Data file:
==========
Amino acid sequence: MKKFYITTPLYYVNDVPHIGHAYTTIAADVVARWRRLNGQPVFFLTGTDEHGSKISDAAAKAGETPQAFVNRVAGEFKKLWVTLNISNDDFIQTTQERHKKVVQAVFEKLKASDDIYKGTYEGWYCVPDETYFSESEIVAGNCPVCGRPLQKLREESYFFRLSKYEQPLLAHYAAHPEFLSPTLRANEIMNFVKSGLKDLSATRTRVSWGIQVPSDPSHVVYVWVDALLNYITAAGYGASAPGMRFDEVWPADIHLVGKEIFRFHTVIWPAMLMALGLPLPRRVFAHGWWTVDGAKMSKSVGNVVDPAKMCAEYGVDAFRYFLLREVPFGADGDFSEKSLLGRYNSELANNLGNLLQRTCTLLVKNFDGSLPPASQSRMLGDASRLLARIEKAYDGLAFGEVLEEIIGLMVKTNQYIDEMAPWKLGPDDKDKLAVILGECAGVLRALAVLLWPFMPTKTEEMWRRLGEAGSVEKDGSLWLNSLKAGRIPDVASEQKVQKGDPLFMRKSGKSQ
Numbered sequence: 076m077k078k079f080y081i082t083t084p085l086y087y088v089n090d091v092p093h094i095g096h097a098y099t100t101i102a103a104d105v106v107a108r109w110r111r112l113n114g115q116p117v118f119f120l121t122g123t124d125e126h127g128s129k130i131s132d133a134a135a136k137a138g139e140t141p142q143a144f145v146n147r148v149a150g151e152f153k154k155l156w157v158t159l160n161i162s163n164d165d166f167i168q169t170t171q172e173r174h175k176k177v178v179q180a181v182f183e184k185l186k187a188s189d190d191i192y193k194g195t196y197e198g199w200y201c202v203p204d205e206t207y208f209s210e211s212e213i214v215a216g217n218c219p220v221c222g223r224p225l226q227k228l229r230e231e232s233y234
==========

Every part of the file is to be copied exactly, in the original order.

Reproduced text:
Amino acid sequence: MKKFYITTPLYYVNDVPHIGHAYTTIAADVVARWRRLNGQPVFFLTGTDEHGSKISDAAAKAGETPQAFVNRVAGEFKKLWVTLNISNDDFIQTTQERHKKVVQAVFEKLKASDDIYKGTYEGWYCVPDETYFSESEIVAGNCPVCGRPLQKLREESYFFRLSKYEQPLLAHYAAHPEFLSPTLRANEIMNFVKSGLKDLSATRTRVSWGIQVPSDPSHVVYVWVDALLNYITAAGYGASAPGMRFDEVWPADIHLVGKEIFRFHTVIWPAMLMALGLPLPRRVFAHGWWTVDGAKMSKSVGNVVDPAKMCAEYGVDAFRYFLLREVPFGADGDFSEKSLLGRYNSELANNLGNLLQRTCTLLVKNFDGSLPPASQSRMLGDASRLLARIEKAYDGLAFGEVLEEIIGLMVKTNQYIDEMAPWKLGPDDKDKLAVILGECAGVLRALAVLLWPFMPTKTEEMWRRLGEAGSVEKDGSLWLNSLKAGRIPDVASEQKVQKGDPLFMRKSGKSQ
Numbered sequence: 076m077k078k079f080y081i082t083t084p085l086y087y088v089n090d091v092p093h094i095g096h097a098y099t100t101i102a103a104d105v106v107a108r109w110r111r112l113n114g115q116p117v118f119f120l121t122g123t124d125e126h127g128s129k130i131s132d133a134a135a136k137a138g139e140t141p142q143a144f145v146n147r148v149a150g151e152f153k154k155l156w157v158t159l160n161i162s163n164d165d166f167i168q169t170t171q172e173r174h175k176k177v178v179q180a181v182f183e184k185l186k187a188s189d190d191i192y193k194g195t196y197e198g199w200y201c202v203p204d205e206t207y208f209s210e211s212e213i214v215a216g217n218c219p220v221c222g223r224p225l226q227k228l229r230e231e232s233y234